by Jeffrey L. Gadd
- The infrared inspection: The reason for performing this type of survey is to find electrical problems so maintenance personnel can repair them before failure and/or damage to the component and the resulting downtime. Many times, critical problems are obvious and other times they are not so obvious without some due diligence.
- The visual inspection: Visual inspection can be just as important as infrared. There are many things visually that can’t be detected with infrared as the examples in this article demonstrate.
It may seem that visual inspection goes beyond what thermographers are hired to do, but conscientious thermographers include notes and even images in their reports when they see code violations, broken equipment, incorrectly sized fuses, bad wiring, etc. A good thermographer will not ignore copper tubing used as a fuse (Figure 1), even if it looks fine in the infrared. Whether the inspection is insurance driven or a proactive stance, an infrared inspection and a visual inspection complement each other.
Figure 1 – Copper tubing fuses installed in disconnect
Figure 2 is an extreme case of high temperature, but not at all uncommon. In a case like this, when the cabinet is opened, the thermographer sees the problem using the IR camera, but also can often see the tell-tale signs of the problem visually by the damage from excessive heating.
Figure 2 – High temperature connection
Finding critical problems with large temperature differentials is easy for just about any thermographer as they show up visually on the IR camera’s screen. But what about the smell of burned insulation on wiring or the sound of a squealing bearing, belt, or corona on high voltage lines? These are all indications of problems that are not necessarily hot at the time of the IR survey, but could all cause failures if left unreported with no follow up.
Faults need to be found in early stages of failure before damage has occurred and before total failure. This infrared technique is predicated on the fact that there is a locked relationship between temperature [rise] and an increased chance of failure. Electrical (and mechanical) problems in this stage often show very little temperature rise. It takes an experienced thermographer with a good piece of infrared equipment to find and document problems in early stages. In other words, anybody can see burning hot things with an IR camera, but low temperature anomalies and even ambient temperature objects can be critical problems as well.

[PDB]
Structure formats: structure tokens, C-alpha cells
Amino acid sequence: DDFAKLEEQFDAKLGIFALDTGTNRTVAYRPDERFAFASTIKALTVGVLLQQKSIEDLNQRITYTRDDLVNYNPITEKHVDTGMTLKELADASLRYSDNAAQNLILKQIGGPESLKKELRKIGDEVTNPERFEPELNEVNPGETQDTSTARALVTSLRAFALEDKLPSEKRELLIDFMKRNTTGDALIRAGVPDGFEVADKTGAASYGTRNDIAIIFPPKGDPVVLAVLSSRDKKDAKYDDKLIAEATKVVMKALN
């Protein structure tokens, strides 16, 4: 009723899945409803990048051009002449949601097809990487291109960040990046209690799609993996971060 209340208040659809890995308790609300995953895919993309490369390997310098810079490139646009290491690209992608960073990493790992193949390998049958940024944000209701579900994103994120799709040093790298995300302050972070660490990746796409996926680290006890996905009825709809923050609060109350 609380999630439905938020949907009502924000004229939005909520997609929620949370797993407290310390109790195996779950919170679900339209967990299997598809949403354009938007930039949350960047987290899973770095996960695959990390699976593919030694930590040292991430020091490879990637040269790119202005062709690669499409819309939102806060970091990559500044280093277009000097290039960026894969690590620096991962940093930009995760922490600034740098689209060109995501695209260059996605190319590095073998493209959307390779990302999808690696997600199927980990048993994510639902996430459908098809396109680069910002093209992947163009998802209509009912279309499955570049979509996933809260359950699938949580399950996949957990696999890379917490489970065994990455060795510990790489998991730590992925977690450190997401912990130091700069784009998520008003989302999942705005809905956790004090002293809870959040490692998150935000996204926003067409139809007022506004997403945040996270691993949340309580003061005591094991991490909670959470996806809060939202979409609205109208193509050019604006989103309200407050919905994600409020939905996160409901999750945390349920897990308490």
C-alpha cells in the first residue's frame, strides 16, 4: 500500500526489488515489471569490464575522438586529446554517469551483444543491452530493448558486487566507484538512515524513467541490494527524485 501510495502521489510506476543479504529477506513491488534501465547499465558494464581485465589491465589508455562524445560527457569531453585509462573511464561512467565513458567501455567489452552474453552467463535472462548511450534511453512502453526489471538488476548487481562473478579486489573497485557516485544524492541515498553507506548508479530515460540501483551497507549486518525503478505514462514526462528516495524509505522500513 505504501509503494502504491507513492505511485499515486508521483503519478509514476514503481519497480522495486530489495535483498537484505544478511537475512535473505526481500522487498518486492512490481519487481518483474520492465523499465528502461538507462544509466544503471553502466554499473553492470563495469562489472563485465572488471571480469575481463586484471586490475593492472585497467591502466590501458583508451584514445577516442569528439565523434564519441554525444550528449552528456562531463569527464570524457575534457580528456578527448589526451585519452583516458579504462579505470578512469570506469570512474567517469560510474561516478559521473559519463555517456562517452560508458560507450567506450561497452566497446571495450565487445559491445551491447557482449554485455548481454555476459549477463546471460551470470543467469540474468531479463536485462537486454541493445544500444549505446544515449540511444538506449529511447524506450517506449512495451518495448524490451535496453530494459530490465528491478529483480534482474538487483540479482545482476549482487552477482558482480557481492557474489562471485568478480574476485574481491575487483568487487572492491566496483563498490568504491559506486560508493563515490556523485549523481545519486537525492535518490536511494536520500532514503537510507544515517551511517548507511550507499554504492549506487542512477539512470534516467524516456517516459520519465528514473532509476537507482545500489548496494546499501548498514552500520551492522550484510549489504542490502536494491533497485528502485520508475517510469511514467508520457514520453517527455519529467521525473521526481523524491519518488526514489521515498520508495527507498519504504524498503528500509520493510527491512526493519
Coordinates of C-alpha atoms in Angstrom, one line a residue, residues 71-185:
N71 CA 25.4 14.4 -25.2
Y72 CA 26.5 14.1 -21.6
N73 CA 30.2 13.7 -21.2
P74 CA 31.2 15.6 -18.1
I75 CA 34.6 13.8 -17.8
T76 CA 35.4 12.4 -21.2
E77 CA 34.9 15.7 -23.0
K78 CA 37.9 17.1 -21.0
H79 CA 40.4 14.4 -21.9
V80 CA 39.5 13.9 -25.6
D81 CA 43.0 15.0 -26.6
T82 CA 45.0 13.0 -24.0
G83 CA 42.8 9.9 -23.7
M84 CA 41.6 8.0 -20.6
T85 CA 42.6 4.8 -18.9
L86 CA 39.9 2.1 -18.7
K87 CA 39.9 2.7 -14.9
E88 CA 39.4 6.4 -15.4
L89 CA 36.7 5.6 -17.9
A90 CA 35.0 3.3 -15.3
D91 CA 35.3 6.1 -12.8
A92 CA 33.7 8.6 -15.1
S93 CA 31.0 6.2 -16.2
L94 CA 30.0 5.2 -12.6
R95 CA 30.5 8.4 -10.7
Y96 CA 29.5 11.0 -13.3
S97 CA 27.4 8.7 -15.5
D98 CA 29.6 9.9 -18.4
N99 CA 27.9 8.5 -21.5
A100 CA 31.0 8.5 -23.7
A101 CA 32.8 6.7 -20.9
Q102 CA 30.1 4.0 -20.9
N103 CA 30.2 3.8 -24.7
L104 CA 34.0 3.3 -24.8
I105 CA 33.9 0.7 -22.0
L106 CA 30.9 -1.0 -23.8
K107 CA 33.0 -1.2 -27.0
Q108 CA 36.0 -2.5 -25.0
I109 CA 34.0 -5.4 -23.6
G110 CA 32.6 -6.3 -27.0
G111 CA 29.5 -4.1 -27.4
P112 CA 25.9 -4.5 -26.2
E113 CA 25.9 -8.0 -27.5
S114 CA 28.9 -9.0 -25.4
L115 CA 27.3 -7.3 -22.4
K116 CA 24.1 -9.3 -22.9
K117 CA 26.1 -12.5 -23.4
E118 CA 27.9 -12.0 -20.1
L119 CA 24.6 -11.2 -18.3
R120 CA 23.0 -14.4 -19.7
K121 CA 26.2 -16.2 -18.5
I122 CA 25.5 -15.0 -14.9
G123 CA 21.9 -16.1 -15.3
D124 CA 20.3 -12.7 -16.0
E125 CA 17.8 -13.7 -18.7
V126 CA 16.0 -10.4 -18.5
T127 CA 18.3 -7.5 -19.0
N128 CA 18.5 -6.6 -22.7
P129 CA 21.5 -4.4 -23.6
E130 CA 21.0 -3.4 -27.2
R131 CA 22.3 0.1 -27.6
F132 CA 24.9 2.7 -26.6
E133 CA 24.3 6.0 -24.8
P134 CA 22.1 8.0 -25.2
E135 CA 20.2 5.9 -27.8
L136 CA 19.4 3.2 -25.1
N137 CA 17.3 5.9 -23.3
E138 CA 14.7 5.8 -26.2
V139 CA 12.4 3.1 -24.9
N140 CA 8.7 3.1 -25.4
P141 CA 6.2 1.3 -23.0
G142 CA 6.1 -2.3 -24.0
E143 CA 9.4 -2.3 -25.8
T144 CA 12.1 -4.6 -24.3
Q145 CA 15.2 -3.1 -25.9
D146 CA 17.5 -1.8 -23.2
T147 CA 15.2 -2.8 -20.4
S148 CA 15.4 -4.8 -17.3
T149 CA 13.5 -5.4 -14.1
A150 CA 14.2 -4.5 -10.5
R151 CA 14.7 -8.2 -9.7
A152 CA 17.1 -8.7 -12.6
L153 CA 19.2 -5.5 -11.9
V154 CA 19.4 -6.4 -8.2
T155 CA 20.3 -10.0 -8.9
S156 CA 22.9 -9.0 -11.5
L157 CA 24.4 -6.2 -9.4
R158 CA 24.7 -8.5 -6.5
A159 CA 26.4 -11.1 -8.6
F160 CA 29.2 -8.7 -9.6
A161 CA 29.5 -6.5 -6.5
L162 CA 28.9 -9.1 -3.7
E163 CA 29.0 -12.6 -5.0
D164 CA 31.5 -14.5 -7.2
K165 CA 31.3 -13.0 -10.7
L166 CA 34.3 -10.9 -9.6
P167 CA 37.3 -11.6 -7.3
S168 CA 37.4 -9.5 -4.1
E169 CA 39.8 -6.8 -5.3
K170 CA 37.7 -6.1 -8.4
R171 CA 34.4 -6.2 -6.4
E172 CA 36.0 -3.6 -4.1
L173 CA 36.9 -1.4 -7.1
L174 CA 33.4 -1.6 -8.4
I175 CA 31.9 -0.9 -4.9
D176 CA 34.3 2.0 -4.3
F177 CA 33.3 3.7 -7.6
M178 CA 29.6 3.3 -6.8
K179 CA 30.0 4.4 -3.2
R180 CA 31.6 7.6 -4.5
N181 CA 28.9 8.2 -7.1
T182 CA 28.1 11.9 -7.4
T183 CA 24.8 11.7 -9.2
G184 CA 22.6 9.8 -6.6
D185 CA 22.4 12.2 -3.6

For example, a small rise in temperature often indicates a low priority problem when scheduling for repair. But small rises in temperature can also indicate critical problems. As shown in Figure 3, the 200 amp panel had a small temperature rise on Phase B, which typically would not be that interesting; perhaps a slight load imbalance. But the load readings showed only 6 amps per phase, no imbalance and instead a faulty connection and probably a very bad one since this is a single digit percentage of rated load. If this panel is loaded to 100 amps or more, the temperature rise of this fault would increase exponentially and could result in a catastrophic failure.
Figure 3 – A 200 amp panel lightly loaded with temperature rise on Phase B
It is smart to visually inspect the electrical switchgear while an infrared inspection is in progress. During inspections I have conducted over the years, I was asked many times by corporate environmental health and safety officers, maintenance managers, facility engineers and plant managers to please note any electrical hazards or deficiencies that I was able to identify.
- Improperly fused disconnects (Figure 1)
- Panel breakers double tapped (Figure 4)
- Inoperable disconnects
- Disconnects and combination starters used as parts storage (Figure 5)
- Flexible conduit pulled out of box exposing conductors
- Exposed energized parts
- Fuses not installed or engaged properly
- Blown fuses
Figured 4 – Double tapped breakers on a distribution panel
Figure 5 – Combination starter/disconnect being used as parts storage
As thermographers, we find many problems through the use of thermal imaging. Large temperature differences are common and make beautiful images. Small temperature differences are typically low priority, but also can indicate critical problems under different load conditions. On the other hand, the value of visual inspection is often overlooked. Think outside the [thermal] box and take advantage of the visual inspection component of thermal surveys – it is in the best interest of all parties involved. In most instances, the thermographic report and visual inspection are documented separately. There may be several reasons for this, but ultimately, if you can identify and document a problem or potential problem with infrared or visual inspection, your proactive dollars have been well spent.
Jeffrey L. Gadd is a Level II Thermographer and Owner of Vision Infrared Services in Cleveland, Ohio.www.visioninfrared.com
Jeff is also President and Founder of Professional Infrared Network (PIN) www.professionalinfrared.com.